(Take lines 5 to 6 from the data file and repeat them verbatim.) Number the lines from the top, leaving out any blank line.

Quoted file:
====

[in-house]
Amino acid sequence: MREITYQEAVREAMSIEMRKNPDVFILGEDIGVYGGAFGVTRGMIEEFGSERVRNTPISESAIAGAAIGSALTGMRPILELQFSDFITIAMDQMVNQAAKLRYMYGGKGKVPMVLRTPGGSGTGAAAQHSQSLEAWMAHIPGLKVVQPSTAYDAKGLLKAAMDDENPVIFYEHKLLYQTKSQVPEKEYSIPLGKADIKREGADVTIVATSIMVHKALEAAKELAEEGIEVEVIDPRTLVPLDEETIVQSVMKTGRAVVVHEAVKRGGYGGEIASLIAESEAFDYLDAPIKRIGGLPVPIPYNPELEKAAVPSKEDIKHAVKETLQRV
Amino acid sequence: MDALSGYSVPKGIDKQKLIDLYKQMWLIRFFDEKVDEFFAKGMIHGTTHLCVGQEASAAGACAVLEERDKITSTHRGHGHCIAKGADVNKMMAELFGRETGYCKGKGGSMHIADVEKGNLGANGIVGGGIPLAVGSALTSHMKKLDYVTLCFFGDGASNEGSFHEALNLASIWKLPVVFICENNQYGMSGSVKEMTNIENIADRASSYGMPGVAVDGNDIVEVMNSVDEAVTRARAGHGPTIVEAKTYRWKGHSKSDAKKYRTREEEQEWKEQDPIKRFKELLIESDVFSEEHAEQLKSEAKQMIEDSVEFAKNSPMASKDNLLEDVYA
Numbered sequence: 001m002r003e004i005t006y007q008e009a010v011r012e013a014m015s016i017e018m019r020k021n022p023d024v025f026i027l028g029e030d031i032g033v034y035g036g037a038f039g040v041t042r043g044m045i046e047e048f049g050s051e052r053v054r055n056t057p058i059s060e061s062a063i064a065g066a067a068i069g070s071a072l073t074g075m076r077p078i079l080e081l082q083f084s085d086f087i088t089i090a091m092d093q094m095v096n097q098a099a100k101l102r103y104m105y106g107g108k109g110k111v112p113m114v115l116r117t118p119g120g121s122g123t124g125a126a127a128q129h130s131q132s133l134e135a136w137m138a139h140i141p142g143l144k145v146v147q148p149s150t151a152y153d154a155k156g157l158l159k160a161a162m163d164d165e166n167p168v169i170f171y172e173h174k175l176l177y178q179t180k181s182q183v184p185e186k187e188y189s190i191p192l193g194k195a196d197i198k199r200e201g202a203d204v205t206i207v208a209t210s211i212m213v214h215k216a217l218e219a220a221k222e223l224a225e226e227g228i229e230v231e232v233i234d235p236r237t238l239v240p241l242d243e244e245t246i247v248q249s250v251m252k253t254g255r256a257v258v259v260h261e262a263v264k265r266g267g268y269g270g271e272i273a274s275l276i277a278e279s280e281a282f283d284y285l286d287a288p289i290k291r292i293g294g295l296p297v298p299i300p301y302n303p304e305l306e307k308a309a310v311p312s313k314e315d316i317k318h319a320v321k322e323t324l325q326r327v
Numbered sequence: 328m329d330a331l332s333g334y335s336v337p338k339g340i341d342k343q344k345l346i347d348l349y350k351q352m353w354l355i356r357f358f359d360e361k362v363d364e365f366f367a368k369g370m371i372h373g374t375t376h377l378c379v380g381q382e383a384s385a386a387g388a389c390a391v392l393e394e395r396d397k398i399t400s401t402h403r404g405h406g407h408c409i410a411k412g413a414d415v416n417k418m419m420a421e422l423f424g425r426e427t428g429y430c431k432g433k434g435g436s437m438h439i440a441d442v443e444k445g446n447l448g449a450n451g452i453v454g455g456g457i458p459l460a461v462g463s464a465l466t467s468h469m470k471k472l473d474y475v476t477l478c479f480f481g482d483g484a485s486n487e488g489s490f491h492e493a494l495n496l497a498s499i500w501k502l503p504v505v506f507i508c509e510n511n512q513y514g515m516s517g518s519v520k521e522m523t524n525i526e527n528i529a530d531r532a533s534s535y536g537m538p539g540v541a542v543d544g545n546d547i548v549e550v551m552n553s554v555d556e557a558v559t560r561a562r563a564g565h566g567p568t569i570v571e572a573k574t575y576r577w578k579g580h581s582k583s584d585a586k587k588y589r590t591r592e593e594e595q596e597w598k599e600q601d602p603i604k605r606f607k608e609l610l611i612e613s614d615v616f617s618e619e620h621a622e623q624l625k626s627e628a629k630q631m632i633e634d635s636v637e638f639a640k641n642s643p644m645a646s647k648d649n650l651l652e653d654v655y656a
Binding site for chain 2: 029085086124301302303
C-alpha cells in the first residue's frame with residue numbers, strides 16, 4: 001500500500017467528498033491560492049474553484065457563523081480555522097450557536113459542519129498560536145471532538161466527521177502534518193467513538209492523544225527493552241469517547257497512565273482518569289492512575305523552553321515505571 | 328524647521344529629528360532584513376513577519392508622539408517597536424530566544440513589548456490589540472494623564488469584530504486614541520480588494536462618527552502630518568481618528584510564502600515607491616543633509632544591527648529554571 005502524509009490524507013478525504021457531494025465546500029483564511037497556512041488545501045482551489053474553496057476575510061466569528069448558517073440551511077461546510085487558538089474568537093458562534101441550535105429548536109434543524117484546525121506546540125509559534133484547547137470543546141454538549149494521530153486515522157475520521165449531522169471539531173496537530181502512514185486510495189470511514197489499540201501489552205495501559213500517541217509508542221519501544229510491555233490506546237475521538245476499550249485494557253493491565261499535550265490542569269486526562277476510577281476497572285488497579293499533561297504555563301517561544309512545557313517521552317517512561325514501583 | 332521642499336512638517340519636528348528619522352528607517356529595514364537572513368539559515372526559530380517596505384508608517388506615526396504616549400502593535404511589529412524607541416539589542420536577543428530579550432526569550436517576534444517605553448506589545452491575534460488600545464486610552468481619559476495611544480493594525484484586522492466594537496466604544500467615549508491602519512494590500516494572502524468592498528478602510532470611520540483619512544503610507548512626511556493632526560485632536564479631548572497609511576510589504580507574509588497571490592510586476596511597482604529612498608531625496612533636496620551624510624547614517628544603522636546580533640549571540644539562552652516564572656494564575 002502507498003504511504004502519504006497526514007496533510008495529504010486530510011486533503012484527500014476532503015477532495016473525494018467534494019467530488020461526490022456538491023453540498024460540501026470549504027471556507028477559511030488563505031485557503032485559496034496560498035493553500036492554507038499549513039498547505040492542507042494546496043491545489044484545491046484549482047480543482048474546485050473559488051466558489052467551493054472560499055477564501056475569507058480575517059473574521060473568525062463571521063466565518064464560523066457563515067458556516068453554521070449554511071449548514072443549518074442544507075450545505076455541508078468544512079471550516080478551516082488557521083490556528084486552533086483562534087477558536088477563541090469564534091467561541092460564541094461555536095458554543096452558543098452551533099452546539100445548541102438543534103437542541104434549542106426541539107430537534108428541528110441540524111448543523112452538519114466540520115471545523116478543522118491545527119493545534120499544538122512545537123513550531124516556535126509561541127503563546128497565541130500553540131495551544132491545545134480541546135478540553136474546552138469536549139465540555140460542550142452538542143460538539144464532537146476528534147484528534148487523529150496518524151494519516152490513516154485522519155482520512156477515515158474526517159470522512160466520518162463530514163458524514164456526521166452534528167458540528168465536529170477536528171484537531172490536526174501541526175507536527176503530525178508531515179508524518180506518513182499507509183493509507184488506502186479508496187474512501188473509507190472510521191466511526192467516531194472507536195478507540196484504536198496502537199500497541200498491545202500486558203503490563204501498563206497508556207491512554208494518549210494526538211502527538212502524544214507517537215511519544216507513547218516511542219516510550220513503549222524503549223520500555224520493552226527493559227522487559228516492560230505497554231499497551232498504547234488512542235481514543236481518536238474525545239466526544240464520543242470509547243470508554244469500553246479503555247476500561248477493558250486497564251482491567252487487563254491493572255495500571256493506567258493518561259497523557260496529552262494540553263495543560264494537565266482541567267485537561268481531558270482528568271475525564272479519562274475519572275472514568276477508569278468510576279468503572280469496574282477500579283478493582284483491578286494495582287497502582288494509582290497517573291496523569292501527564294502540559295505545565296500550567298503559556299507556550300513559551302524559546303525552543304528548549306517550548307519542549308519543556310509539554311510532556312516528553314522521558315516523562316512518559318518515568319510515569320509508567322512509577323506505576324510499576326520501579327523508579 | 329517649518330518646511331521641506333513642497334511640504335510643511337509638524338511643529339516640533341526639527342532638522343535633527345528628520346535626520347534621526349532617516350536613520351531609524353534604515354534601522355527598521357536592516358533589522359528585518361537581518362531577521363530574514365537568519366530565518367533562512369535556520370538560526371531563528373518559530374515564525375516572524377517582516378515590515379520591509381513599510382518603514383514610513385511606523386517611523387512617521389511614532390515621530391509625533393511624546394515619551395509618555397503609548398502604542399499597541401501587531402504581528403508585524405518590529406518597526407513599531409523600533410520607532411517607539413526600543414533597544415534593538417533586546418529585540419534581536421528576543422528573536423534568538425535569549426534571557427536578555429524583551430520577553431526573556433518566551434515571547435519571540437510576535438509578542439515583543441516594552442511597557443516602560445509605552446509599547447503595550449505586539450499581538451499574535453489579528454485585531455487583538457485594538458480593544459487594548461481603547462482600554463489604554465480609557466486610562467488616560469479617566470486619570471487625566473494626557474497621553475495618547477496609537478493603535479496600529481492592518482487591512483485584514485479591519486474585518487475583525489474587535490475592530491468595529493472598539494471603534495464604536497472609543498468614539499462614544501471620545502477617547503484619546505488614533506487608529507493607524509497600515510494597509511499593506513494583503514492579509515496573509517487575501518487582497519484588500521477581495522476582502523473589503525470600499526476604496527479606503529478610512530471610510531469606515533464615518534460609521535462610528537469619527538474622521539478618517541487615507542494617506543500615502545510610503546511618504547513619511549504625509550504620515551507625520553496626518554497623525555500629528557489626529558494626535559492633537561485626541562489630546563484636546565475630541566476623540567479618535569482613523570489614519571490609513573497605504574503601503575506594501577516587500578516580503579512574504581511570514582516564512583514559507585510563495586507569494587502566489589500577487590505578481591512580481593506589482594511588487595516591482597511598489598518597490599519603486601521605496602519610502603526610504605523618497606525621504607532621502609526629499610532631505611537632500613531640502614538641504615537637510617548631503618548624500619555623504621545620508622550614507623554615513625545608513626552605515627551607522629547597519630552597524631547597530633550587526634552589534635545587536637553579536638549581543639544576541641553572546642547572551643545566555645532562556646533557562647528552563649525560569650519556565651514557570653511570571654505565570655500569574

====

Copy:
Numbered sequence: 328m329d330a331l332s333g334y335s336v337p338k339g340i341d342k343q344k345l346i347d348l349y350k351q352m353w354l355i356r357f358f359d360e361k362v363d364e365f366f367a368k369g370m371i372h373g374t375t376h377l378c379v380g381q382e383a384s385a386a387g388a389c390a391v392l393e394e395r396d397k398i399t400s401t402h403r404g405h406g407h408c409i410a411k412g413a414d415v416n417k418m419m420a421e422l423f424g425r426e427t428g429y430c431k432g433k434g435g436s437m438h439i440a441d442v443e444k445g446n447l448g449a450n451g452i453v454g455g456g457i458p459l460a461v462g463s464a465l466t467s468h469m470k471k472l473d474y475v476t477l478c479f480f481g482d483g484a485s486n487e488g489s490f491h492e493a494l495n496l497a498s499i500w501k502l503p504v505v506f507i508c509e510n511n512q513y514g515m516s517g518s519v520k521e522m523t524n525i526e527n528i529a530d531r532a533s534s535y536g537m538p539g540v541a542v543d544g545n546d547i548v549e550v551m552n553s554v555d556e557a558v559t560r561a562r563a564g565h566g567p568t569i570v571e572a573k574t575y576r577w578k579g580h581s582k583s584d585a586k587k588y589r590t591r592e593e594e595q596e597w598k599e600q601d602p603i604k605r606f607k608e609l610l611i612e613s614d615v616f617s618e619e620h621a622e623q624l625k626s627e628a629k630q631m632i633e634d635s636v637e638f639a640k641n642s643p644m645a646s647k648d649n650l651l652e653d654v655y656a
Binding site for chain 2: 029085086124301302303